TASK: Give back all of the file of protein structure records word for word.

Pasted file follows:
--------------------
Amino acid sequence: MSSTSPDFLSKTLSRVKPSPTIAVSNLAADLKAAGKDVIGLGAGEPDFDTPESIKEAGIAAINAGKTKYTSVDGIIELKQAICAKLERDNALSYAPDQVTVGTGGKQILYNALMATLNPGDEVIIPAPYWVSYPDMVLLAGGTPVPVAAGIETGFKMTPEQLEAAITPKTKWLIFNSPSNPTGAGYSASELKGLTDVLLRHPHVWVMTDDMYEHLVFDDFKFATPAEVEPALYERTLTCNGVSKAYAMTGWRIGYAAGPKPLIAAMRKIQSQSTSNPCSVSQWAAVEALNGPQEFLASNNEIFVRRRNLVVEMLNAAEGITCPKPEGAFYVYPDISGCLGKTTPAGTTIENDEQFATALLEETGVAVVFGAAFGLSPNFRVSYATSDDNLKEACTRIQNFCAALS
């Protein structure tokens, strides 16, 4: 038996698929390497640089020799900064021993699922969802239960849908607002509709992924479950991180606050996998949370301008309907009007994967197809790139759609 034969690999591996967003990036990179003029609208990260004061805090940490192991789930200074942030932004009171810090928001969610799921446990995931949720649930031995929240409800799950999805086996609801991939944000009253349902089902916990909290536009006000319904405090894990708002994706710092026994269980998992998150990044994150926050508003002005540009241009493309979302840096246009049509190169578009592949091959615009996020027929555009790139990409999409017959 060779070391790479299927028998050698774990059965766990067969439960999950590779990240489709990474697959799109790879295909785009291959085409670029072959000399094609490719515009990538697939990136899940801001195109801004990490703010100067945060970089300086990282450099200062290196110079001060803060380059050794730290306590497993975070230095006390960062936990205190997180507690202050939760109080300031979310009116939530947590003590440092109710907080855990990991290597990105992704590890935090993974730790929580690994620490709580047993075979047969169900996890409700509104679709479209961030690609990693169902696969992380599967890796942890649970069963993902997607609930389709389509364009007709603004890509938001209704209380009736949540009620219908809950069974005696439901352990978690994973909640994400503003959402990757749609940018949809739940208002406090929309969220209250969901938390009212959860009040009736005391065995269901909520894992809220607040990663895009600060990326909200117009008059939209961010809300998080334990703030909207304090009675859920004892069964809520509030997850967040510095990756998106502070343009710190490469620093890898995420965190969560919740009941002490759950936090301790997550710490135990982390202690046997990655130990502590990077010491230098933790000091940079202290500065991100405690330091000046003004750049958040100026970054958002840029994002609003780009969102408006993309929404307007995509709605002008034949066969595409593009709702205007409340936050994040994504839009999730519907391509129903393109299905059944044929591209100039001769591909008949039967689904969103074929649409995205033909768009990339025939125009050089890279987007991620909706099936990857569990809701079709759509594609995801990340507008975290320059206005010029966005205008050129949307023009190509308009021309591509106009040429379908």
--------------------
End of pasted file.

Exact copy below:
Amino acid sequence: MSSTSPDFLSKTLSRVKPSPTIAVSNLAADLKAAGKDVIGLGAGEPDFDTPESIKEAGIAAINAGKTKYTSVDGIIELKQAICAKLERDNALSYAPDQVTVGTGGKQILYNALMATLNPGDEVIIPAPYWVSYPDMVLLAGGTPVPVAAGIETGFKMTPEQLEAAITPKTKWLIFNSPSNPTGAGYSASELKGLTDVLLRHPHVWVMTDDMYEHLVFDDFKFATPAEVEPALYERTLTCNGVSKAYAMTGWRIGYAAGPKPLIAAMRKIQSQSTSNPCSVSQWAAVEALNGPQEFLASNNEIFVRRRNLVVEMLNAAEGITCPKPEGAFYVYPDISGCLGKTTPAGTTIENDEQFATALLEETGVAVVFGAAFGLSPNFRVSYATSDDNLKEACTRIQNFCAALS
């Protein structure tokens, strides 16, 4: 038996698929390497640089020799900064021993699922969802239960849908607002509709992924479950991180606050996998949370301008309907009007994967197809790139759609 034969690999591996967003990036990179003029609208990260004061805090940490192991789930200074942030932004009171810090928001969610799921446990995931949720649930031995929240409800799950999805086996609801991939944000009253349902089902916990909290536009006000319904405090894990708002994706710092026994269980998992998150990044994150926050508003002005540009241009493309979302840096246009049509190169578009592949091959615009996020027929555009790139990409999409017959 060779070391790479299927028998050698774990059965766990067969439960999950590779990240489709990474697959799109790879295909785009291959085409670029072959000399094609490719515009990538697939990136899940801001195109801004990490703010100067945060970089300086990282450099200062290196110079001060803060380059050794730290306590497993975070230095006390960062936990205190997180507690202050939760109080300031979310009116939530947590003590440092109710907080855990990991290597990105992704590890935090993974730790929580690994620490709580047993075979047969169900996890409700509104679709479209961030690609990693169902696969992380599967890796942890649970069963993902997607609930389709389509364009007709603004890509938001209704209380009736949540009620219908809950069974005696439901352990978690994973909640994400503003959402990757749609940018949809739940208002406090929309969220209250969901938390009212959860009040009736005391065995269901909520894992809220607040990663895009600060990326909200117009008059939209961010809300998080334990703030909207304090009675859920004892069964809520509030997850967040510095990756998106502070343009710190490469620093890898995420965190969560919740009941002490759950936090301790997550710490135990982390202690046997990655130990502590990077010491230098933790000091940079202290500065991100405690330091000046003004750049958040100026970054958002840029994002609003780009969102408006993309929404307007995509709605002008034949066969595409593009709702205007409340936050994040994504839009999730519907391509129903393109299905059944044929591209100039001769591909008949039967689904969103074929649409995205033909768009990339025939125009050089890279987007991620909706099936990857569990809701079709759509594609995801990340507008975290320059206005010029966005205008050129949307023009190509308009021309591509106009040429379908």